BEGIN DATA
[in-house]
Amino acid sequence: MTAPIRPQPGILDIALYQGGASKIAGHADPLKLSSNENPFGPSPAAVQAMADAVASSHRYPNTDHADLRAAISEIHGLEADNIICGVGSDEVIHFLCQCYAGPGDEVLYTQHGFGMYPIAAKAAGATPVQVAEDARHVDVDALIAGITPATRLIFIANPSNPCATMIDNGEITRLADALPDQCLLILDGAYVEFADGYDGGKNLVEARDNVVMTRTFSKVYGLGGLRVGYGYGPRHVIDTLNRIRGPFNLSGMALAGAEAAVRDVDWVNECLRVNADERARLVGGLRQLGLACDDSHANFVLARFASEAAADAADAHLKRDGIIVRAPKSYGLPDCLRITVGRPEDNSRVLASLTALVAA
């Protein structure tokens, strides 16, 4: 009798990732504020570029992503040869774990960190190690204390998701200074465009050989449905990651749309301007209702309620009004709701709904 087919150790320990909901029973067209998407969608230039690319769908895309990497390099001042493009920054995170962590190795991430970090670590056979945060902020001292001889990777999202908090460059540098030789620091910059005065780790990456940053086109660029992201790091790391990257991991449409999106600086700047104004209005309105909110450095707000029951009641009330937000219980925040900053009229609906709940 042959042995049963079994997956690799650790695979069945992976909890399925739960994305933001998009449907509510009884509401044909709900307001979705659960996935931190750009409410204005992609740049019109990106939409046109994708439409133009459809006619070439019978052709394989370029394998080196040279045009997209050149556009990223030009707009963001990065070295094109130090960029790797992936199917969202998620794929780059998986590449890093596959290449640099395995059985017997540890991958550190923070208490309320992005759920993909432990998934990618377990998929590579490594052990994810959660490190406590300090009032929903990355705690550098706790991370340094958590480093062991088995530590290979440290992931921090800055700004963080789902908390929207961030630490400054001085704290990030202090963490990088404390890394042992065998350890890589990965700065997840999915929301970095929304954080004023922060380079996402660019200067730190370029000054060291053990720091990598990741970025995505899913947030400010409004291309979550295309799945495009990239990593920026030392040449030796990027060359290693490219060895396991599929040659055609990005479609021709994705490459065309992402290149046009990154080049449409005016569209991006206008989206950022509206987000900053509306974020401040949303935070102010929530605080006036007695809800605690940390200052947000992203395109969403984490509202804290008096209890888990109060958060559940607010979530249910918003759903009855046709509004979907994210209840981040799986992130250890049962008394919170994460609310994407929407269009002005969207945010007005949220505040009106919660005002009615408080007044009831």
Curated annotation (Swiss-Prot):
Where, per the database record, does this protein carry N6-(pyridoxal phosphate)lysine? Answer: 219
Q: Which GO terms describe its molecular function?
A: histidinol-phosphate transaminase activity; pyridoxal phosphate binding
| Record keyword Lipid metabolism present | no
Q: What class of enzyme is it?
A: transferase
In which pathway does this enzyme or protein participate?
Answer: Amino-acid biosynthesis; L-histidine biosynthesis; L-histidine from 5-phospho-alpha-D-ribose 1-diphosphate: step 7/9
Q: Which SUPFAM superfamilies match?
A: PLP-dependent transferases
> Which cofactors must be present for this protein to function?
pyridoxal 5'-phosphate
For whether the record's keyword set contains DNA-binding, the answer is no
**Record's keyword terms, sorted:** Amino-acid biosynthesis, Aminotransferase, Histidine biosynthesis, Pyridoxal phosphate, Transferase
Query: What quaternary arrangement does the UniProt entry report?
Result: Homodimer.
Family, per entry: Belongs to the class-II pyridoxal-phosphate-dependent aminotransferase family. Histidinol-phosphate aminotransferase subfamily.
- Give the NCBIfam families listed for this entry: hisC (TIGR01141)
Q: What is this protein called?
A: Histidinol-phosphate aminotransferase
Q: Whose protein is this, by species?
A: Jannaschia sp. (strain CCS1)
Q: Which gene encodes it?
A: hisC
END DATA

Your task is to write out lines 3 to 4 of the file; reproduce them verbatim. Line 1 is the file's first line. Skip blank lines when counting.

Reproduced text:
């Protein structure tokens, strides 16, 4: 009798990732504020570029992503040869774990960190190690204390998701200074465009050989449905990651749309301007209702309620009004709701709904 087919150790320990909901029973067209998407969608230039690319769908895309990497390099001042493009920054995170962590190795991430970090670590056979945060902020001292001889990777999202908090460059540098030789620091910059005065780790990456940053086109660029992201790091790391990257991991449409999106600086700047104004209005309105909110450095707000029951009641009330937000219980925040900053009229609906709940 042959042995049963079994997956690799650790695979069945992976909890399925739960994305933001998009449907509510009884509401044909709900307001979705659960996935931190750009409410204005992609740049019109990106939409046109994708439409133009459809006619070439019978052709394989370029394998080196040279045009997209050149556009990223030009707009963001990065070295094109130090960029790797992936199917969202998620794929780059998986590449890093596959290449640099395995059985017997540890991958550190923070208490309320992005759920993909432990998934990618377990998929590579490594052990994810959660490190406590300090009032929903990355705690550098706790991370340094958590480093062991088995530590290979440290992931921090800055700004963080789902908390929207961030630490400054001085704290990030202090963490990088404390890394042992065998350890890589990965700065997840999915929301970095929304954080004023922060380079996402660019200067730190370029000054060291053990720091990598990741970025995505899913947030400010409004291309979550295309799945495009990239990593920026030392040449030796990027060359290693490219060895396991599929040659055609990005479609021709994705490459065309992402290149046009990154080049449409005016569209991006206008989206950022509206987000900053509306974020401040949303935070102010929530605080006036007695809800605690940390200052947000992203395109969403984490509202804290008096209890888990109060958060559940607010979530249910918003759903009855046709509004979907994210209840981040799986992130250890049962008394919170994460609310994407929407269009002005969207945010007005949220505040009106919660005002009615408080007044009831």
Curated annotation (Swiss-Prot):